In sport known for steroids, bodybuilder goes another way

Friday, July 13, 2007

David Sanders (Photo: Brian Linder, T&D)No other sport is like this one, and almost anyone who competes in it will tell you so.

Bodybuilding - the art of getting ripped, leaning out, posing down and showing the body's muscle definition - is likely based more on measurables than any other sport out there. It should be no surprise that bodybuilding has been rife with steroid use in the past.

But, at least for one person - David Sanders of Orangeburg - steroids and bodybuilding don't mix.

"I've never really been tempted," he said. "I have heard a lot about them, what they can do, but no, I've never really been tempted. Basically, I'm totally against it. It might work for some people who do use it, but I really don't much care for them."

At 22, Sanders, a student at South Carolina State University, has worked his way into a muscle-bound specimen with the hopes of becoming a professional bodybuilder. He has already been in one competition -- finishing fourth in the National Physique Committee's State Championships this year - and has another coming up Aug. 25 in Charleston.

"Right now, I'm just starting to diet (for the Aug. 25 show)," he said. "I'm cutting back and just eating my protein, my steak, fish and chicken breast. I'm doing a little more cardio now, and cutting down the carbs."

For Sanders, bodybuilding is about hard work, which keeps him in Nautilus Health and Fitness with his trainers Greg Price and James Sanders. If someone is bigger than him, he said, it's not a temptation to try steroids, it's motivation to work harder.

"It doesn't bother me at all," he said. "I'm just a rookie in the game, and that's something that has never even come across to me. But you do hear everything about the whole steroid rage with the Benoit case and everything.

"All you have to do to get big is put in the hard work," he said. "And eat your vegetables, carbs and protein."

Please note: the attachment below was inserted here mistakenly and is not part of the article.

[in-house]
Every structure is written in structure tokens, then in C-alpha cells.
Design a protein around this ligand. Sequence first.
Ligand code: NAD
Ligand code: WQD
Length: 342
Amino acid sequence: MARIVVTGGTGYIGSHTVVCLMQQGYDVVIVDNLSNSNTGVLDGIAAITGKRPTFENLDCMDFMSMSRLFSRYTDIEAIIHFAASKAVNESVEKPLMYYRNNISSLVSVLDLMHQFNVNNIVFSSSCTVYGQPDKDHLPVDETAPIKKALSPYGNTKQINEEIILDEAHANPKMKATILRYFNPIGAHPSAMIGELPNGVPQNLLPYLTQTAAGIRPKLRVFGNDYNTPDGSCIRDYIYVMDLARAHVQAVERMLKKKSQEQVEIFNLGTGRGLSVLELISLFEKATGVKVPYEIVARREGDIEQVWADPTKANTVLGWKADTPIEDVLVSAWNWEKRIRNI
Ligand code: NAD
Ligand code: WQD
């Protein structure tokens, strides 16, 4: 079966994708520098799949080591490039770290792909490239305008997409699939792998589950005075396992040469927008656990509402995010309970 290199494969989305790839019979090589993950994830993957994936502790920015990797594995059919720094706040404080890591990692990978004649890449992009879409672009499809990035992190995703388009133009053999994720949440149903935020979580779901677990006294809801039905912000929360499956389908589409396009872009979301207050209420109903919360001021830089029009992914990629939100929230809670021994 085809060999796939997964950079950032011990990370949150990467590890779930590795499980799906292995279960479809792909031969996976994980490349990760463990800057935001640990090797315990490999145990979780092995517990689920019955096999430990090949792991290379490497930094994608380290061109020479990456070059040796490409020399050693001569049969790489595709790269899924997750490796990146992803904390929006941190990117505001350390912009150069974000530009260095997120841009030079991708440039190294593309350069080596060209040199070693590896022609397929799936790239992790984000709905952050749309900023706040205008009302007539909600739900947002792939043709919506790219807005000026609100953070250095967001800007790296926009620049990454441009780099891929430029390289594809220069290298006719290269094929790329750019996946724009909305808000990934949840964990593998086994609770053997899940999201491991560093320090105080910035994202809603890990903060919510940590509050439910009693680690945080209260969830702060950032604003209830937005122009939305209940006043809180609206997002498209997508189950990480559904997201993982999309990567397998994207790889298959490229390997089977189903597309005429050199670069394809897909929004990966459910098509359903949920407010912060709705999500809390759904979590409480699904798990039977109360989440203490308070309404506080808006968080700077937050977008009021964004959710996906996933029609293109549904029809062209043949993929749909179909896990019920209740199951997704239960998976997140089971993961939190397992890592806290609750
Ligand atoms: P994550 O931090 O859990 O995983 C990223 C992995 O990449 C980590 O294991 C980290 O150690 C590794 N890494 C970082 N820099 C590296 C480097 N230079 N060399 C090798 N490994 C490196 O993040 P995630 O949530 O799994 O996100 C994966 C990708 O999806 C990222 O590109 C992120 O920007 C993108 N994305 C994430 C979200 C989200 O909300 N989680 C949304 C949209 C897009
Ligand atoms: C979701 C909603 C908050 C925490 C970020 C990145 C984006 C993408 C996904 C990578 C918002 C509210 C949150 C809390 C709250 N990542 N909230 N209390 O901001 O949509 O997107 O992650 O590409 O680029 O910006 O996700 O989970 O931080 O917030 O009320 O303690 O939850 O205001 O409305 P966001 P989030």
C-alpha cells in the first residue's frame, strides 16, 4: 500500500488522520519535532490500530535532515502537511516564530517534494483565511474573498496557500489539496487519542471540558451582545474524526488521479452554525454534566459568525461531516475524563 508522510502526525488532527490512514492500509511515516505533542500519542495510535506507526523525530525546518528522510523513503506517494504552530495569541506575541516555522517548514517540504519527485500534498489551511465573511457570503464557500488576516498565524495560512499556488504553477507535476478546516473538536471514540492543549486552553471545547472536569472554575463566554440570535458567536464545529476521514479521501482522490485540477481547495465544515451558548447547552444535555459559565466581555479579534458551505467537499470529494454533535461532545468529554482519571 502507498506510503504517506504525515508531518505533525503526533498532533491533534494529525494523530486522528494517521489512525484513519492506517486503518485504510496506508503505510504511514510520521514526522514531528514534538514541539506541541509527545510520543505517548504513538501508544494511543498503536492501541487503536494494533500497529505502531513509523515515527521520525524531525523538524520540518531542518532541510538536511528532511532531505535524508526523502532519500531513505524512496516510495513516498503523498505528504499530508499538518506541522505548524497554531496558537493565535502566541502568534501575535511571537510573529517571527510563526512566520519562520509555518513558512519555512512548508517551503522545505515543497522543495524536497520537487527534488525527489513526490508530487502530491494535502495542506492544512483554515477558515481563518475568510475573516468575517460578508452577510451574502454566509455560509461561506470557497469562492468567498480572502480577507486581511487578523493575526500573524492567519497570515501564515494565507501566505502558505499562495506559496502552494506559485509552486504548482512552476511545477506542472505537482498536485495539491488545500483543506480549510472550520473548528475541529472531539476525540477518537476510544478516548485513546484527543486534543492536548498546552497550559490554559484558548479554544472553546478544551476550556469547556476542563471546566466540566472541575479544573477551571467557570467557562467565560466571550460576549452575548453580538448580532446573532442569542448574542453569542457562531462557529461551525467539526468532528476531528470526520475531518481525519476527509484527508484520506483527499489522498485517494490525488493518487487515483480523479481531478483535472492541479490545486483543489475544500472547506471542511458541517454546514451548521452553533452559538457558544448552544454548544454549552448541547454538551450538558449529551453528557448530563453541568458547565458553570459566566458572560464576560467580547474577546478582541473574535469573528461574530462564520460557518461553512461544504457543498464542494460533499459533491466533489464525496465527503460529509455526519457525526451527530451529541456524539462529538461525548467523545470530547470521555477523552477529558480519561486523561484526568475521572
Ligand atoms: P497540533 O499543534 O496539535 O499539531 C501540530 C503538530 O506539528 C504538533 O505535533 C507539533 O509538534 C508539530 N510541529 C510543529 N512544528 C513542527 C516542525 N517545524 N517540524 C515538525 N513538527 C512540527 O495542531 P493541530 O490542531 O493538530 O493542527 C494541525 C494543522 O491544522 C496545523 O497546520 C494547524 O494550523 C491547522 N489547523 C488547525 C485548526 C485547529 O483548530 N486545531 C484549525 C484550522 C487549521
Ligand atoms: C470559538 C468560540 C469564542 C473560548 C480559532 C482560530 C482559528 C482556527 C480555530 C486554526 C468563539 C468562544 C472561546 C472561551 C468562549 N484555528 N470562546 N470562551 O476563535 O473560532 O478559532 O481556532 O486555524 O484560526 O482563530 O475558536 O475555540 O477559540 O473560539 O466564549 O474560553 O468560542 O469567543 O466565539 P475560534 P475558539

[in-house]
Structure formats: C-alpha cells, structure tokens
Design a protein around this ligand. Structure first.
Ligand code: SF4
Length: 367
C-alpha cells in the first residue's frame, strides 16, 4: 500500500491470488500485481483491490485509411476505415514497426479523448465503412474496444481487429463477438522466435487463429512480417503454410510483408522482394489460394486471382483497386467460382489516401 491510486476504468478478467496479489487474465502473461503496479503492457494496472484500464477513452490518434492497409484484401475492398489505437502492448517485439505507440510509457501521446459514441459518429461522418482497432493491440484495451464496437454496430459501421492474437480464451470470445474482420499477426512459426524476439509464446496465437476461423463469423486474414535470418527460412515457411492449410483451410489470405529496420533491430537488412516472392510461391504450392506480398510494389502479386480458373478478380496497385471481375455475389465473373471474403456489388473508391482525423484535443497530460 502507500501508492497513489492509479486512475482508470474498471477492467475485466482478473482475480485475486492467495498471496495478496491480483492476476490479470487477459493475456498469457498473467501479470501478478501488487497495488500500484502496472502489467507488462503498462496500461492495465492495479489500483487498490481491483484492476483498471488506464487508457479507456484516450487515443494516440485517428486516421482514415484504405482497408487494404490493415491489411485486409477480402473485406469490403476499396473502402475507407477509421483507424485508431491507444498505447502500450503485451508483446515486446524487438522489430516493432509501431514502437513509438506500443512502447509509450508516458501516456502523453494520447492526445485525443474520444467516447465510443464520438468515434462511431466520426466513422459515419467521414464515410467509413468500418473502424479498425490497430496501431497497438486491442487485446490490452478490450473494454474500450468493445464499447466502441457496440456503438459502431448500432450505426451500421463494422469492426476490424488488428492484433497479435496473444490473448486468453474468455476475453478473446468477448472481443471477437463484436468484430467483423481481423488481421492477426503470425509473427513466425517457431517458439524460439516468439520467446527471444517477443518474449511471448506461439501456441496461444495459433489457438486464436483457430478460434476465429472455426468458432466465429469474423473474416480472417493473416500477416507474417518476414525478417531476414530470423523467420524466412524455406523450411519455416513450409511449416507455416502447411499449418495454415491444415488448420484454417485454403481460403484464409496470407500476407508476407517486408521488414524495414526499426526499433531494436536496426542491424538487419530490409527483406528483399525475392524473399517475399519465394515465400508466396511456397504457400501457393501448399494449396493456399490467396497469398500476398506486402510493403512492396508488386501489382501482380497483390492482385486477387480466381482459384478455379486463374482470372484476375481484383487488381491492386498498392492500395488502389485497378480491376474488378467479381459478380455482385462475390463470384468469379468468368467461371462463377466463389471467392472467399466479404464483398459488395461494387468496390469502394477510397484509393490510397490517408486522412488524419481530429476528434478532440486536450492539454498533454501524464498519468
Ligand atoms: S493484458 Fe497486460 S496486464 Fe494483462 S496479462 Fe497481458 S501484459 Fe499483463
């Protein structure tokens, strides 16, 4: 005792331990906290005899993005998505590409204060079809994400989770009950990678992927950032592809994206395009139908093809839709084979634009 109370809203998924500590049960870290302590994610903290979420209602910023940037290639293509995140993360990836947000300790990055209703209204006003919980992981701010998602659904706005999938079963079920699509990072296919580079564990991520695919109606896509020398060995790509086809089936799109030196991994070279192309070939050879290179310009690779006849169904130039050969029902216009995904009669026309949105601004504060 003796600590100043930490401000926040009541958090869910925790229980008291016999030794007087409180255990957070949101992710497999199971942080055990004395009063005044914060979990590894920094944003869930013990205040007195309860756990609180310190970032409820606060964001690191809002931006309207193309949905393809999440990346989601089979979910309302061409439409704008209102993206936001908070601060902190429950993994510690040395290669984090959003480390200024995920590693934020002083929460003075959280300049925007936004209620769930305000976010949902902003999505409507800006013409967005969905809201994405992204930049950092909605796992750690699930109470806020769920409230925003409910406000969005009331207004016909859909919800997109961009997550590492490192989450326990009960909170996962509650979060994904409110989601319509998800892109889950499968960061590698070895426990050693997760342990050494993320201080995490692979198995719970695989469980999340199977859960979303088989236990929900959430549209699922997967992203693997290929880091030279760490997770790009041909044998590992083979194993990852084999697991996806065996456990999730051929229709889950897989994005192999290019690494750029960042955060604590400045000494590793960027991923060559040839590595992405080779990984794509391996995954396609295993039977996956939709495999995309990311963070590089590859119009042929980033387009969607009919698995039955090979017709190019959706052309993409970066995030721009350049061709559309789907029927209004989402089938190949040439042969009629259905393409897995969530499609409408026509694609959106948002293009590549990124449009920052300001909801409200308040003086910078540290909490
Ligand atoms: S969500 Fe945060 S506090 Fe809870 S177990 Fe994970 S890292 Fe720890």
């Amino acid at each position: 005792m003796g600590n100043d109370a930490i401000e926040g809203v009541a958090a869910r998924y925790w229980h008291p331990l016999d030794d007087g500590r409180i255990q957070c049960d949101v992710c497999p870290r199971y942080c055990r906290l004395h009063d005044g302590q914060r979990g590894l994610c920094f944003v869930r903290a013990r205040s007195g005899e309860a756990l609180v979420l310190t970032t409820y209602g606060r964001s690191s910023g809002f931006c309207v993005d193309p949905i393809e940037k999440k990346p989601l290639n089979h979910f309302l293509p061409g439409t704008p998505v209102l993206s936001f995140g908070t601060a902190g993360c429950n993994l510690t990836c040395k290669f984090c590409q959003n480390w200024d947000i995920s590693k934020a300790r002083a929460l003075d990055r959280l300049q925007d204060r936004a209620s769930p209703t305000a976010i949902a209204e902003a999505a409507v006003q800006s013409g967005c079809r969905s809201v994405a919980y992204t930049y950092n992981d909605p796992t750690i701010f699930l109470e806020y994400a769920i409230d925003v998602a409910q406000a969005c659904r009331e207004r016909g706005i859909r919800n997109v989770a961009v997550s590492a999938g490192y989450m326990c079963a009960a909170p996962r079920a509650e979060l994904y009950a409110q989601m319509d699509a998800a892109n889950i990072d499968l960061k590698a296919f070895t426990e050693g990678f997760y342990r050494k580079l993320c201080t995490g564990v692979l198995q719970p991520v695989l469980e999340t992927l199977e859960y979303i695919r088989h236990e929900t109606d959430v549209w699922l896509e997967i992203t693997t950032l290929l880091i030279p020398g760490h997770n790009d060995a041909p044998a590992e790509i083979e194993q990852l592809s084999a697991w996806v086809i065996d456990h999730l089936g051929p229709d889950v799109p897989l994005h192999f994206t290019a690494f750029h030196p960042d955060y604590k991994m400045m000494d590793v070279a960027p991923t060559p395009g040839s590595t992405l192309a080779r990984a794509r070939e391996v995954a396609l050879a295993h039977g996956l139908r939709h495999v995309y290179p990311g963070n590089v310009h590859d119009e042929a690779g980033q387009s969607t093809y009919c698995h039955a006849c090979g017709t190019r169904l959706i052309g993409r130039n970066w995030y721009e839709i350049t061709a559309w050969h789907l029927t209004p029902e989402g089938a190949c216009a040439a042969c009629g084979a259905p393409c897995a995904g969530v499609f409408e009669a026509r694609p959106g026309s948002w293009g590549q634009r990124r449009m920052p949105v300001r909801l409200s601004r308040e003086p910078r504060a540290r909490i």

But because Sanders doesn't choose to go the steroid route doesn't mean it may not be an issue in the sport. Several popular bodybuilding sites have message board threads - loaded with thousand of posts - identifying steroids and giving directions on how to use them. They operate as informational road maps, many claiming providing the information is better than leaving uninformed people to delve into steroid use.

Still, Sanders' trainer - Greg Price - said he believes steroid use is not that big an issue in the sport.

"I think the only issue is the government making it bigger than what it should be," he said. "(Steroids) have been around since World War II. Everybody has their own opinion, but the media tends to make sensationalizing stories out of it. A lot of people come to me wanting to know if I am on them, but they don't have the will or the drive to work out. I get accused, but I will pee in a cup any time."

Price said he is often asked if he is a wrestler or if he lifts weights.

"That's a stupid question," he said. "You don't walk around looking like I do if you don't lift weights. I get accused because people are not informed. I don't have a big huge belly, and people around here are too lazy to work out. They don't see any results in four visits and that is it. It's easier to stuff your face with pasta, lasagna and doughnuts.

"My dad is a doctor," he said. "All of his patients have health problems because they are overweight. I mean 75 percent of the kids in this town are overweight. It's just people's perceptions of how you should be."

How does he feel about the current climate as it pertains to steroids?

"I think the government should stay the hell out of bodybuilding," he said. "If the government jumped into the stuff it was supposed to - instead of sports - there wouldn't be any starving children in the world.

"It's just sensationalizing it," he said. "I tell people this all the time, 'There are 10 million athletes in the world. And 7 million of them have used some type of steroid, but they haven't killed their wife and children.'"

So, is Sanders bothered by the idea that a perhaps misinformed public may view him as a steroid user - simply because of his size - even though he is not?

"That doesn't bother me at all," he said with a laugh. "If you know me, then you know that I am not on that stuff.

"For me, it's not about steroids," he said. "For me, it's more mental than anything. If you feel like, going into a competition, that you see somebody bigger than you, then you have probably lost. You shouldn't be defeated mentally after putting in all that hard work. I feel proud of being able to enter a competition."

T&D Sports Editor Brian Linder can be reached at and 803-533-5553. Discuss this and other stories online at